Top tips for handling the king of Christmas

Festive feast: Turkey served on Christmas day.
Festive feast: Turkey served on Christmas day.
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These days, few meats would look out of place as the centrepiece of your Christmas dinner.

Some people swear by a traditional goose, others are game for venison, while Marks & Spencer predicts chicken to be big this festive season. But the vast majority of us still gobble up turkey on December 25.

Chef Rachel Allen says: “A few years ago we decided to cook the most gorgeous bit of beef. We had it with horseradish, bearnaise and amazing roast potatoes. It was delicious, but it didn’t taste like Christmas. For me, it’s got to be turkey.”

With a variety of types, retailers and prices available, it can be tricky knowing which bird go for. For Allen, supporting local producers is key.

“We get turkeys from a local farm. Personally, I believe in paying the extra to getting a really good quality one and I’ll use every single bit of it. Last year we had a bronze turkey - it’s lovely and moist.”

Generally, bronze and black varieties of turkey have a gamier flavour and a denser texture, but a British Turkey Quality Mark indicates good standards of food safety, traceability and bird welfare.

Size is also important to consider, in terms of how many people you’re feeding and how big your oven is.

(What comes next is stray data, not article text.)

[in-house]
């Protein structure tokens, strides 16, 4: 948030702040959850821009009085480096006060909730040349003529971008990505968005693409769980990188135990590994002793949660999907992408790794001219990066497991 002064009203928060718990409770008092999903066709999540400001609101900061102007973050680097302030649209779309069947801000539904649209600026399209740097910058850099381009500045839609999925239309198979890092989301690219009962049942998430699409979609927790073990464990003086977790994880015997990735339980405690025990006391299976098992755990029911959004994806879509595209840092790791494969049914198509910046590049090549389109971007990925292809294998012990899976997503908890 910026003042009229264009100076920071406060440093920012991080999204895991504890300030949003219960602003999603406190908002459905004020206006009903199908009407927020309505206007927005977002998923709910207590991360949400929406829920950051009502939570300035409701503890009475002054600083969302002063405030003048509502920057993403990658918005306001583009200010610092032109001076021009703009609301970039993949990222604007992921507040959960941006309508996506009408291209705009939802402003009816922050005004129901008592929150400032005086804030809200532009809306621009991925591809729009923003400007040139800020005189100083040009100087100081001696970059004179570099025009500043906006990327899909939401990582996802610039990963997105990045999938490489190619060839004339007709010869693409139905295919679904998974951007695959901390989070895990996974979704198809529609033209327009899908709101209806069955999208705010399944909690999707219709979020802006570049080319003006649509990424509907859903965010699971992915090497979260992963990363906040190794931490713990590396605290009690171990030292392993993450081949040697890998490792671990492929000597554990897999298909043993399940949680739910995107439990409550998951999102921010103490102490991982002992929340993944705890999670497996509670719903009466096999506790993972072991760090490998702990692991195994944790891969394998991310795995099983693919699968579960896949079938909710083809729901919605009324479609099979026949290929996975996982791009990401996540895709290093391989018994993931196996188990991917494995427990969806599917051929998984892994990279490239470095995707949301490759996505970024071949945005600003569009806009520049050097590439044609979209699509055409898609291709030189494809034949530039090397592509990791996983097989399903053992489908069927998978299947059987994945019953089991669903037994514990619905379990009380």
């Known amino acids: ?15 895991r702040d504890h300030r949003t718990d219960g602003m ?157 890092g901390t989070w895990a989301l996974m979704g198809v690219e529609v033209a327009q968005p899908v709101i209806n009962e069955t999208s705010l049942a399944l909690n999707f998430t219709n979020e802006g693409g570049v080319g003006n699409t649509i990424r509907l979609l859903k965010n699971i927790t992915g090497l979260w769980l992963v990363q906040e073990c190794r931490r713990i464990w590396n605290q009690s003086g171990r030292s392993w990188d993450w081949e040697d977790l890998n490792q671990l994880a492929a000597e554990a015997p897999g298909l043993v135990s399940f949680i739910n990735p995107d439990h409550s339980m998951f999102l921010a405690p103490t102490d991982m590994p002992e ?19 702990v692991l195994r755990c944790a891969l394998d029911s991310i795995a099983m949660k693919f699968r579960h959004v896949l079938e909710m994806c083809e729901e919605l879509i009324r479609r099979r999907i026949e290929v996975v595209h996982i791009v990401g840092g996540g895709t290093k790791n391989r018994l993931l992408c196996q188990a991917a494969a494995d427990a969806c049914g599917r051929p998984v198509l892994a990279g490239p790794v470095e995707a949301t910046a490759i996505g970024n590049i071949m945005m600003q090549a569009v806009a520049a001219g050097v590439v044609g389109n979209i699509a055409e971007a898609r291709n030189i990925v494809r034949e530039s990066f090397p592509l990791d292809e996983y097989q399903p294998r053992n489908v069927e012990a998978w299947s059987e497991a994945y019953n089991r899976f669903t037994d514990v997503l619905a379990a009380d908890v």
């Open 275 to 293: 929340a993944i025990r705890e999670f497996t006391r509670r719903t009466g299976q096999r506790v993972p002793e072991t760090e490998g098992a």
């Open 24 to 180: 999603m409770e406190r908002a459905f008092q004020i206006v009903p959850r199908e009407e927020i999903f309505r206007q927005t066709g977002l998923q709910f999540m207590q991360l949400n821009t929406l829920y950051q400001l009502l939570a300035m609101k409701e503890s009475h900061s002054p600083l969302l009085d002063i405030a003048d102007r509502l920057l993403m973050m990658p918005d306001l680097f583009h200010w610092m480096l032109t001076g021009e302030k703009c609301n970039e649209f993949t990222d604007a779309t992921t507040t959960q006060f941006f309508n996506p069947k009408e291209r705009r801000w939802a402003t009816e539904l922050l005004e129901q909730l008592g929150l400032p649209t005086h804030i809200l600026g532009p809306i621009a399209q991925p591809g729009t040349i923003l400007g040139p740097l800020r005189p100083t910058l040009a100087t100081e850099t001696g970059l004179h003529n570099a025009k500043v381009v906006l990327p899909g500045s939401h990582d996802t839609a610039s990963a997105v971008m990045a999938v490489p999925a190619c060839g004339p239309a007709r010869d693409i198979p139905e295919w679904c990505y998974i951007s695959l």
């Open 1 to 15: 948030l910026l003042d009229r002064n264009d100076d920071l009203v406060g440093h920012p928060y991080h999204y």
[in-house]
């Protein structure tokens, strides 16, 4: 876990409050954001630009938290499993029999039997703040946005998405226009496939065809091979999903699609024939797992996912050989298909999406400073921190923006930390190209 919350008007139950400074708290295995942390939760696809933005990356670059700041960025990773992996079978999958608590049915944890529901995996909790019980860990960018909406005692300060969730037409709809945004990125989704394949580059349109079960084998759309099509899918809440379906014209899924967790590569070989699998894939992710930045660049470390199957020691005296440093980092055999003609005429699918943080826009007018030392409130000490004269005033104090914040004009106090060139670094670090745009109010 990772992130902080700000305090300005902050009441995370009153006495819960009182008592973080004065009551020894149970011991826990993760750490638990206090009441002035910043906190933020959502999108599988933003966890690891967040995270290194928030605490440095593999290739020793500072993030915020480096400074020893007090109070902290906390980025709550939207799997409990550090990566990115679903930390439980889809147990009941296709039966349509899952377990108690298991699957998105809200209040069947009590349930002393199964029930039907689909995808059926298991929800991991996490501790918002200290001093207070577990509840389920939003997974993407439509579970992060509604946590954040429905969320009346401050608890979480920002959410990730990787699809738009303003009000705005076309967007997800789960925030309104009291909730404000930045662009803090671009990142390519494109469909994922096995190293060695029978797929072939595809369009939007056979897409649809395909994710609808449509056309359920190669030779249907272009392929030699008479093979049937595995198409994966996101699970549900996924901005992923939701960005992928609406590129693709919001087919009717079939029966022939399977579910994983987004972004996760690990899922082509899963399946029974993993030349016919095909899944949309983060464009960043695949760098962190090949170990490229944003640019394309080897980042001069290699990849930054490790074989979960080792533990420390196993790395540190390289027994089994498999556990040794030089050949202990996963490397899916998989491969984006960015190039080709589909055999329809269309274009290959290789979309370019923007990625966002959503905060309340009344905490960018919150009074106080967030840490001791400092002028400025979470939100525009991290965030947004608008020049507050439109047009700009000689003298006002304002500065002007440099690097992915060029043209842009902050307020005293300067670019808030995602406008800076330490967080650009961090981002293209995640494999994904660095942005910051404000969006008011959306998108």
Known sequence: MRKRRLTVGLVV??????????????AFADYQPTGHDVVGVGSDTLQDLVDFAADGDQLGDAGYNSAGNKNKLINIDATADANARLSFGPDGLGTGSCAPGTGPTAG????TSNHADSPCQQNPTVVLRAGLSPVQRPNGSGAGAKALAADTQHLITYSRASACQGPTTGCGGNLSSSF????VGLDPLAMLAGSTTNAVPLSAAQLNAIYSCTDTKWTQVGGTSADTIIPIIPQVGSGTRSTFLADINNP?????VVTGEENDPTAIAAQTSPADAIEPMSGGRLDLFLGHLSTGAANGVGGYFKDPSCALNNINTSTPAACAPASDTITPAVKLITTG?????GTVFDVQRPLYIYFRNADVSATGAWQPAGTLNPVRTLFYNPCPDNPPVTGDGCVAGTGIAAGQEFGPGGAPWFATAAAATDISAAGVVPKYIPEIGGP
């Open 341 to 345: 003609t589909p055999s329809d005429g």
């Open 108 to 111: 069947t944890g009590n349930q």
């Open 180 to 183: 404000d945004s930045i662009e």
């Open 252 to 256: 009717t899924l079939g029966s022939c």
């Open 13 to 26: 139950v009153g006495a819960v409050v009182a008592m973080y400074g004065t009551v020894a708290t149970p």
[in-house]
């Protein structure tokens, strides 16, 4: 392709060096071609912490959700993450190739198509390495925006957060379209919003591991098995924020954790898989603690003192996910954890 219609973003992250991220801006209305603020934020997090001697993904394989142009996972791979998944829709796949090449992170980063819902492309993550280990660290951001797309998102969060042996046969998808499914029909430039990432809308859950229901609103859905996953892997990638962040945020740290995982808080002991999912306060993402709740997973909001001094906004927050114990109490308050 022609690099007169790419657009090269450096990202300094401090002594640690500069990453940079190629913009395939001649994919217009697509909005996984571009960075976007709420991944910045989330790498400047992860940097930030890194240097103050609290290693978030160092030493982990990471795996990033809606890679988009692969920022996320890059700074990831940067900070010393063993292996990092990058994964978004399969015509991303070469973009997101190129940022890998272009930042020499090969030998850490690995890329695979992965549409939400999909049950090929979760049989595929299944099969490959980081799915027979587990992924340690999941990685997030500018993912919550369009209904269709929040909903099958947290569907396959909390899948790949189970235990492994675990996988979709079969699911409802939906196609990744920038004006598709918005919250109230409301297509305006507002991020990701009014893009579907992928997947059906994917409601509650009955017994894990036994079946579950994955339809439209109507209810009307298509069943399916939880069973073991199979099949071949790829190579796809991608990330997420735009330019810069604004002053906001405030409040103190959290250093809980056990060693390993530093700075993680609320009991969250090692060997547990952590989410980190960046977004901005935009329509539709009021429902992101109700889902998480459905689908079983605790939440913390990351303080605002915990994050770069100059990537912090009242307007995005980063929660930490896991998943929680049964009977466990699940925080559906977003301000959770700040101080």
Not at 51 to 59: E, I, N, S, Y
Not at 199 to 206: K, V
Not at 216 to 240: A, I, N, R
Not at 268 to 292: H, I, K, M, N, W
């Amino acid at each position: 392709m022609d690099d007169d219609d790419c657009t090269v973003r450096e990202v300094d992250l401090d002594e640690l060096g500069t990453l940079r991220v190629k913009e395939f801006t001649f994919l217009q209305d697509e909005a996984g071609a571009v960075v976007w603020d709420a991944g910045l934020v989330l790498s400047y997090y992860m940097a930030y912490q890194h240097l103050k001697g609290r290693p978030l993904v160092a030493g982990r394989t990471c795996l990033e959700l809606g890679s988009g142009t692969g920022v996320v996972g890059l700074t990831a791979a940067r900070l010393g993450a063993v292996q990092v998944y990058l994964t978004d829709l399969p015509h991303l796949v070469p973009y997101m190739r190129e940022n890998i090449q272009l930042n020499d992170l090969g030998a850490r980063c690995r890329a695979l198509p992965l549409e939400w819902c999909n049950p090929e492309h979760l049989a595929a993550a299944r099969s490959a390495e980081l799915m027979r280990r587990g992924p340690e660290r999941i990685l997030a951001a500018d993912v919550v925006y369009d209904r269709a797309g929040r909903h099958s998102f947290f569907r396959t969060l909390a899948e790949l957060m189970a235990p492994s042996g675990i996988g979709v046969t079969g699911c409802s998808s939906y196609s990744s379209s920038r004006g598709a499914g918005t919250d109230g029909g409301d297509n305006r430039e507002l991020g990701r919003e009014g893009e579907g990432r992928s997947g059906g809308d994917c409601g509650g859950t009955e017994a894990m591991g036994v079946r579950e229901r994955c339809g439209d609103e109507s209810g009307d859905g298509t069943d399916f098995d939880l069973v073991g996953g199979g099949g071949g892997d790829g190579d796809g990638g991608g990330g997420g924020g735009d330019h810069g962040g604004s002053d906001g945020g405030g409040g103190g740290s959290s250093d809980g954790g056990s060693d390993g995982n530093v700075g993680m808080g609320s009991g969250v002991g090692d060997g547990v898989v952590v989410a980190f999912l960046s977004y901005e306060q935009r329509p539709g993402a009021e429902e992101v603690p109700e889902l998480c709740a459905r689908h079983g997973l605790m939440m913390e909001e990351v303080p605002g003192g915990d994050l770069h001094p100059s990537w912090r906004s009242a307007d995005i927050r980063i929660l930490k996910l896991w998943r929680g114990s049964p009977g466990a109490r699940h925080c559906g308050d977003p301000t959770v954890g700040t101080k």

Asda turkey expert Jim Viggers says: “A 2.5kg turkey, for example, would feed a family of four and you could have turkey sandwiches in the afternoon.

A 4kg turkey would feed seven to eight people again with plenty of leftovers, so decide what you want to do with the bird first.”

But according to the British Turkey Information Service, the most common mistake people make with turkey is overcooking it.

A spokeswoman advises: “Work out the cooking times well ahead of Christmas Day. To check it’s cooked, insert a clean skewer in the thickest part of the thigh. Leave for at least one minute and if the juices run clear the turkey is cooked.”

COOKING advice

Hugh Fearnley-Whittingstall: “Because the legs are tougher, ask a butcher to take them off and then cook them separately. Find a great recipe for coq au vin and cook them slowly in wine and onion and bit of bacon. Then you can concentrate on cooking the breast quickly and keeping it moist.”

Nadia Sawalha: “Because it’s just once a year, I put an entire packet of butter over my turkey and baste it every 20 minutes and it’s always really lush. And I put streaky bacon on the breast and take it off towards the end.”

Rachel Allen: “Cook it for the first hour breast side down and then turn it over and cook it breast side up for the remaining time. That way the juices soak down into the breast so it will be moist. But with a really good turkey you don’t even need to do that.”

CLASSIC STUFFING

(Serves 4)

25g butter

1 large onion, finely chopped

10 chopped fresh sage leaves, from a pot of living sage

200g fresh while breadcrumbs

½tsp coarse ground black pepper

150ml chicken stock

Method

Preheat the oven to 200°C.Melt the butter in a frying pan and fry the onion and sage for 5 minutes. Add the breadcrumbs and pepper and cook for 2-3 minutes. Stir in the stock and season to taste.

Press into an ovenproof serving dish and bake for 20 minutes until golden on top. Alternatively roll into 8 balls and place on a baking tray and cook for 10-15 minutes.

Tip: Add plenty of fresh lemon zest and try brioche crumbs instead of bread, to give a lovely light stuffing.

Recipe by the Fresh Herbs Company